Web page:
There are times / places when you need to use agencies but I would recommend using them as little as possible, doing things on your own is much better. Reply to this

9 years ago, March 9th 2010 No: 11 Msg: #106142  
From what I read, MP reopens on April 1st, so I should be fine.

So are you saying that I should take a train from Cuzco to Aguas Calientes and then hike on foot from AC to MP? And when you say get a ticket for Wayna Picchu, that ticket encompasses visiting Machu Picchu as well, right? Or are those separate?

For the Pantanal Grande, you were near Campo Grande, so you visited the Southern Pantanal, correct? I am leaning towards the northern part right now. I don't know if snorkeling in Bonito would work since I am visiting Cuiaba and Pocone in the north rather than Campo Grande in the south.

Thanks! Reply to this

9 years ago, March 10th 2010 No: 12 Msg: #106152  
Yes, either take the train from Cuzco (it actually leaves from Poroy a few km outside town) to AC - if it's running by then and if you can get a ticket. If not it's possible to get there by road / rail via a place called Hydroelectric, it's a pretty cool journey. On the morning you go to MP hike up to the entrance, you'll need to leave AC early (4am ish). When the gates open (around 6 ish I think) head round to get your ticket for Wayna Picchu - follow the crowds, these are free but limited to 400 per day (which is why you have to get there early).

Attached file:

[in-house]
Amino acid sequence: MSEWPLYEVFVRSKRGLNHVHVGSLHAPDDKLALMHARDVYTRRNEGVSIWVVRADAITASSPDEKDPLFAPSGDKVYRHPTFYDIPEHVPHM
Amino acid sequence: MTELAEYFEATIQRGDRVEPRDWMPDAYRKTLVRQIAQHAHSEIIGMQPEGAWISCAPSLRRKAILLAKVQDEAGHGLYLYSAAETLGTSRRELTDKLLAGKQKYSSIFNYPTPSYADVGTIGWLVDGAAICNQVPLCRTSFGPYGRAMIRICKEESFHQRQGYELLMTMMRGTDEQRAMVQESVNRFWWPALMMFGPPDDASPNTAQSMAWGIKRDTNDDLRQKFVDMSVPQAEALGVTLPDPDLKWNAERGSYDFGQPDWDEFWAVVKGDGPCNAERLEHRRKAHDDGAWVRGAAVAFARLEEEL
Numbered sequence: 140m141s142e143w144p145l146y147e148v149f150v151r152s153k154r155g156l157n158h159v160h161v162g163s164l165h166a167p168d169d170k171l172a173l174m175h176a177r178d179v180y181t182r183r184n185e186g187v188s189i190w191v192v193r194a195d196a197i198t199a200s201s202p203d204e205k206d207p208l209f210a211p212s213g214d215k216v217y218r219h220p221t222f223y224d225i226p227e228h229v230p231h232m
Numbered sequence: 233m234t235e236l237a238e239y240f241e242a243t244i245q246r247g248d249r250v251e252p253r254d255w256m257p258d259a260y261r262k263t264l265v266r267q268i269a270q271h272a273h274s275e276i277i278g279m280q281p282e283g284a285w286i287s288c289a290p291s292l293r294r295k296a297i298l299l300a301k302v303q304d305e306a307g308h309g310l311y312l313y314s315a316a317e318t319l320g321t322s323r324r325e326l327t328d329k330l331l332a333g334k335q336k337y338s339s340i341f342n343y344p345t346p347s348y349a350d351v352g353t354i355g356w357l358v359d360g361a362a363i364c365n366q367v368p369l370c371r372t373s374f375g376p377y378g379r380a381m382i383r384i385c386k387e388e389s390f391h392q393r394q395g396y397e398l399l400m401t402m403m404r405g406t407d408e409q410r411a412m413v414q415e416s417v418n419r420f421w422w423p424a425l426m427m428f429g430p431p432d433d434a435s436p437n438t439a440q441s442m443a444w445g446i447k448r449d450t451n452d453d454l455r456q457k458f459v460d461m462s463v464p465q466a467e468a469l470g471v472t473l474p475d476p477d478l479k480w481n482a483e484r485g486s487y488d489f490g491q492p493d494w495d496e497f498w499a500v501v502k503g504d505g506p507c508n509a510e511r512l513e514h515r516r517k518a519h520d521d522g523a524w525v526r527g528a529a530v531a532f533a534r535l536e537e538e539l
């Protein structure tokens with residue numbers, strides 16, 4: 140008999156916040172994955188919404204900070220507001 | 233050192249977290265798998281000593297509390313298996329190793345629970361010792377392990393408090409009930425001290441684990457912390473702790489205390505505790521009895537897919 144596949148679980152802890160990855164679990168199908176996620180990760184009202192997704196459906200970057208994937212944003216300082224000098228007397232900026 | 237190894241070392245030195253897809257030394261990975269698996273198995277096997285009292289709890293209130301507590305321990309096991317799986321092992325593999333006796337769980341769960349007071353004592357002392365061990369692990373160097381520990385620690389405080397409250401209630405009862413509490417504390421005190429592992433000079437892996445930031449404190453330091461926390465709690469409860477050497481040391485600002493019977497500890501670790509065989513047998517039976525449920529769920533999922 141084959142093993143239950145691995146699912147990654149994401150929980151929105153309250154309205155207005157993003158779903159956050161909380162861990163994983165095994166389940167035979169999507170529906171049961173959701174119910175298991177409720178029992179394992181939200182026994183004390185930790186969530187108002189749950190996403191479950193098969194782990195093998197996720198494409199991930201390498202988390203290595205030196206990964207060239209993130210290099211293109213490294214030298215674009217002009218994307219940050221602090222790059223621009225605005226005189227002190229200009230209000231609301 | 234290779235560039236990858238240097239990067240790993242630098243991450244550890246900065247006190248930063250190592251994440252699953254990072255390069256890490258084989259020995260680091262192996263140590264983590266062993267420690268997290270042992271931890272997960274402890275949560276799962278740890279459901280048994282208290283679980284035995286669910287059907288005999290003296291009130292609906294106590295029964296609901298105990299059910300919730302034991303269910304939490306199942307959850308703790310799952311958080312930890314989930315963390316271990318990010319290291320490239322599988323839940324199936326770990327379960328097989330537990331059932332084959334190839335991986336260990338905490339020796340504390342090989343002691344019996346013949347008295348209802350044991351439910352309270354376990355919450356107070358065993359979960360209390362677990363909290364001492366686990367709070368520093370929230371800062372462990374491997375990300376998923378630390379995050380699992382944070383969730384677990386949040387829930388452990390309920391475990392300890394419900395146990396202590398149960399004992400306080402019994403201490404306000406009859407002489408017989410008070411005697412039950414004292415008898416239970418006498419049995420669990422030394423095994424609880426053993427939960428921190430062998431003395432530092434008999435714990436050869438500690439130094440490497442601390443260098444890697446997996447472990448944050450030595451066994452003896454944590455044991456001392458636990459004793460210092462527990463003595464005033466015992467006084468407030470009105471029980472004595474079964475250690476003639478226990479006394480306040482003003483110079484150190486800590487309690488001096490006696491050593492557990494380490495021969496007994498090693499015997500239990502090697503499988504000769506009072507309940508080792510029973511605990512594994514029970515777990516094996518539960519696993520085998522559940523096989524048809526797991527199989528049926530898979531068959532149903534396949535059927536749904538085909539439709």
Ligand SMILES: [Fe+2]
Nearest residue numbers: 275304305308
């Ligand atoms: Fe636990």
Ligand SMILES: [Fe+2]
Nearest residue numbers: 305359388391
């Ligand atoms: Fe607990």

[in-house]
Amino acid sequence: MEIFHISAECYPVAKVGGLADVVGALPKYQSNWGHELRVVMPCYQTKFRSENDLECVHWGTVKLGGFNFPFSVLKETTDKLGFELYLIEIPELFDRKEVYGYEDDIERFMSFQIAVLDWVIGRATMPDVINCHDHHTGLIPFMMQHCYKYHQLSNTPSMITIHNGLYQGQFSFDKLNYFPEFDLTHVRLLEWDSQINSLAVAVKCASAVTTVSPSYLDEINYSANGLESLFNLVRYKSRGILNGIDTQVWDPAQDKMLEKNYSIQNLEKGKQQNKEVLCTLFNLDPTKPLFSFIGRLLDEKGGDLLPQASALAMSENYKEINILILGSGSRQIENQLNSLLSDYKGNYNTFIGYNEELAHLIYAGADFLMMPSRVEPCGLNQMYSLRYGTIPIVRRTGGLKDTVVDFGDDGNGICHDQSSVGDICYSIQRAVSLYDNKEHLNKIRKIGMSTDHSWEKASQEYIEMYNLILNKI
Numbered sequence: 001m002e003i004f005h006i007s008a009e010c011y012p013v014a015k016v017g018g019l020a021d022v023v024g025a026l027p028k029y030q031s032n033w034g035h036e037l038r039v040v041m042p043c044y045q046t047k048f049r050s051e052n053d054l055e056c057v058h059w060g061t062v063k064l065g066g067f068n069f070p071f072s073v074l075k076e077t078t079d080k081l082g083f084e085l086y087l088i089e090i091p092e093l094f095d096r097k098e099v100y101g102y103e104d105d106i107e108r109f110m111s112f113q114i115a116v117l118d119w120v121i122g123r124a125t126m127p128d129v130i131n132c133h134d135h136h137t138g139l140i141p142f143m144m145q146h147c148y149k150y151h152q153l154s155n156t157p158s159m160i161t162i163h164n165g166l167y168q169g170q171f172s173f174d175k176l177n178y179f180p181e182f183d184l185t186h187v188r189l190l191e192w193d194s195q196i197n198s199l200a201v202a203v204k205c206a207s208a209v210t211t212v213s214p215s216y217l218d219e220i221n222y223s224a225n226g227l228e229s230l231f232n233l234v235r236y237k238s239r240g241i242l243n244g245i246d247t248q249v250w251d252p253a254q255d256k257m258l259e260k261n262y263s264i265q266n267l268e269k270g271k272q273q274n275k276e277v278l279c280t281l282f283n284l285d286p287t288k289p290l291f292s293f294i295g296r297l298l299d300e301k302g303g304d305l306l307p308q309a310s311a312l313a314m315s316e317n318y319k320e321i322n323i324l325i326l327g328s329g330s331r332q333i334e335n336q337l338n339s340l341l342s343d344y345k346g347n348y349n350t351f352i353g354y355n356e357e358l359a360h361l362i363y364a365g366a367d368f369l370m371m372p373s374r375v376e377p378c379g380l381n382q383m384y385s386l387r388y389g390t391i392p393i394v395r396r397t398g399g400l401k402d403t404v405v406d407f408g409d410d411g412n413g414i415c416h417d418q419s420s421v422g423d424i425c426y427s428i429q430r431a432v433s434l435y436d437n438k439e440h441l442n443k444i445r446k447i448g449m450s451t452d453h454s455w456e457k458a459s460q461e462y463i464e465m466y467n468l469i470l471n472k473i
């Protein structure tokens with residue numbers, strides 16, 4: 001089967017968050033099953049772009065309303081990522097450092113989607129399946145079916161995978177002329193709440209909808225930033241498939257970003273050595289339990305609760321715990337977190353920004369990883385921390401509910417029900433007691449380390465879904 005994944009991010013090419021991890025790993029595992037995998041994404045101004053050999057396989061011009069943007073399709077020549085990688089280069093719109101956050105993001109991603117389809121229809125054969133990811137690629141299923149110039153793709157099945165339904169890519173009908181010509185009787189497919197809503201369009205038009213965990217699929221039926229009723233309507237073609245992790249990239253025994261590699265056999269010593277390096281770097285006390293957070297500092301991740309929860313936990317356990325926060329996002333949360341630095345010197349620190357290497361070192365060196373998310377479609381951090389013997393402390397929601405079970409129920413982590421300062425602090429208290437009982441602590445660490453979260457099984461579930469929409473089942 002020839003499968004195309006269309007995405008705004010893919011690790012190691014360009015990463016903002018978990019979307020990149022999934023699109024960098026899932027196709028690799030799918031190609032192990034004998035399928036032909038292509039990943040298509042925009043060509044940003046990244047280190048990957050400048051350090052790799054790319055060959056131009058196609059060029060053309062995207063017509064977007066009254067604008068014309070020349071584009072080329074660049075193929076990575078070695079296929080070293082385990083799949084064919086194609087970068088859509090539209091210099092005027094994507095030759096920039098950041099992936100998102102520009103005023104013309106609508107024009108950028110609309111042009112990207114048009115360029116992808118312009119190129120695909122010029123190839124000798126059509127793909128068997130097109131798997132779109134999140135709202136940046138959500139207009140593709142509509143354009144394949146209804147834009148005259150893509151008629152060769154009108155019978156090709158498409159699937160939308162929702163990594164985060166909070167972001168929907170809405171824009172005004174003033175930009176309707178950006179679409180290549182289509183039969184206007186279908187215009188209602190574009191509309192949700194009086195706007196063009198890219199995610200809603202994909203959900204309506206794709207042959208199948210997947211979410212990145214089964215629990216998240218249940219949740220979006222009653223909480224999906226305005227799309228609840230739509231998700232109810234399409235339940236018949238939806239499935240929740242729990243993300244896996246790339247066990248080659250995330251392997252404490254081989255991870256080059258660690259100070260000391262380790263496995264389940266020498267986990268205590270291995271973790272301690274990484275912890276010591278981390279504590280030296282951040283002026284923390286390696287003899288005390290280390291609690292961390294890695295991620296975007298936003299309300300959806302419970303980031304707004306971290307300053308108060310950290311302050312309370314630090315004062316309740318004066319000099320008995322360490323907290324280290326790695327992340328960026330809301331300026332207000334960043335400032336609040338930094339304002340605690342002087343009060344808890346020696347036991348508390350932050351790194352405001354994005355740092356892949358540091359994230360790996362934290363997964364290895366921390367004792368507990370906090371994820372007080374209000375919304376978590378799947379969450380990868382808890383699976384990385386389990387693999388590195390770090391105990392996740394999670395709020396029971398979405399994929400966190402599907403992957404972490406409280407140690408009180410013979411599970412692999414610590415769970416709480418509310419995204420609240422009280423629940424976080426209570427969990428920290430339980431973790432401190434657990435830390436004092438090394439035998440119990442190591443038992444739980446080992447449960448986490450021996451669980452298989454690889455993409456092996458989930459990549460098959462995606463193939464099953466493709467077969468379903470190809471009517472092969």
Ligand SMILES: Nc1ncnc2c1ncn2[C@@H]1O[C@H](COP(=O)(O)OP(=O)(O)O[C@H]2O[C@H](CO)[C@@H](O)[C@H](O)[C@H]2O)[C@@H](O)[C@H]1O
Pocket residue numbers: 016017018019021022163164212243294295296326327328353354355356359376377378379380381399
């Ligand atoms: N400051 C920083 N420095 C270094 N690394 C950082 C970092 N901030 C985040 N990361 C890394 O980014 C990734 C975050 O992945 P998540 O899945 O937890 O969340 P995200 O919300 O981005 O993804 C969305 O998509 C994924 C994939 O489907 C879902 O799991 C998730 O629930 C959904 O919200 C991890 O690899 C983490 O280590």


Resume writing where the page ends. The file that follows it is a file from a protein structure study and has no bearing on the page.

We were in the southern pantanal. Reply to this

9 years ago, March 10th 2010 No: 13 Msg: #106153  
Perurail has a good website for train information , tickets etc www.perurail.com Reply to this

9 years ago, March 13th 2010 No: 14 Msg: #106389  
Thanks for the info hkwoody!


I have a bunch of general travel questions - they might be stupid, but I have never done this before:

1. cell phone - how is this going to work? Am I supposed to buy a temp phone when I arrive in Peru? Or will my cell phone work there? How will I call my parents back home?

2. Camera space - I have a 12 MP digital camera that has an SD card (haven't check how much space the SD card holds), I'm sure I'll run out of space... so which alternative do you think would be smarter: